Berlin (3/11 – 40)
Wickremesinghe took office in July last year, after a popular uprising, brought on by an economic meltdown, had forced his predecessor out of power. His Oct. 15-19 visit to Beijing will be his first to China since then.
Sri Lankan President Ranil Wickremesinghe, who is also finance minister, has been leading Sri Lanka’s push to manage its heavy debt and keep funds flowing from a $2.9 billion International Monetary Fund (IMF) programme. He will visit China to continue debt talks.
He will attend a Belt and Road Forum in Beijing that would mark the 10th anniversary of the initiative championed by China’s President Xi Jinping to develop global infrastructure and energy networks.
Wickremesinghe is expected to meet Xi on the sidelines of the forum, said the source who declined to be named as he was not authorised to speak with the media. The Sri Lankan leader intends to meet China’s finance and foreign ministers too.
Sri Lanka owes Chinese lenders – bilateral and commercial – around $7 billion. It reached an agreement with the Export-Import Bank of China on Thursday covering about $4.2 billion of outstanding debt but is still working with other key bilateral creditors including Japan and India on reaching a debt restructuring plan.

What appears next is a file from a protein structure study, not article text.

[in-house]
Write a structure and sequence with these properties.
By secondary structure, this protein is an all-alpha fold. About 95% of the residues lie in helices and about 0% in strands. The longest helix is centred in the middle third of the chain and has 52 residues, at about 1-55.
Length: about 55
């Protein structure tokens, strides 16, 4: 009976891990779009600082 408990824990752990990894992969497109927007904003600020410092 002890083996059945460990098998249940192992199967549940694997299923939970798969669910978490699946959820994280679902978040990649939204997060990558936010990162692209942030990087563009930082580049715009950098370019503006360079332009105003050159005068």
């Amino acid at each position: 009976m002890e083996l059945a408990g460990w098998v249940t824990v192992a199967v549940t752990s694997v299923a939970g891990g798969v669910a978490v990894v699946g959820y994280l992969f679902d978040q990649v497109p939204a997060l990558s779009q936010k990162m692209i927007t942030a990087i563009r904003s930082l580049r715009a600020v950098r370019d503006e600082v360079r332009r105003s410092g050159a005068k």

Sri Lanka defaulted on its foreign debt in May last year after its dollar reserves fell to a point where the island nation of 22 million people could no longer pay for essential imports like fuel and medicine.
Sri Lanka needs to reach agreements with creditors to push forward its first review of the IMF programme, which will release a second tranche of about $334 million. The first tranche was released in March.
The country has been a key receiver of loans under China’s Belt and Road infrastructure drive, helping it to build highways, a port, an airport and a coal power plant.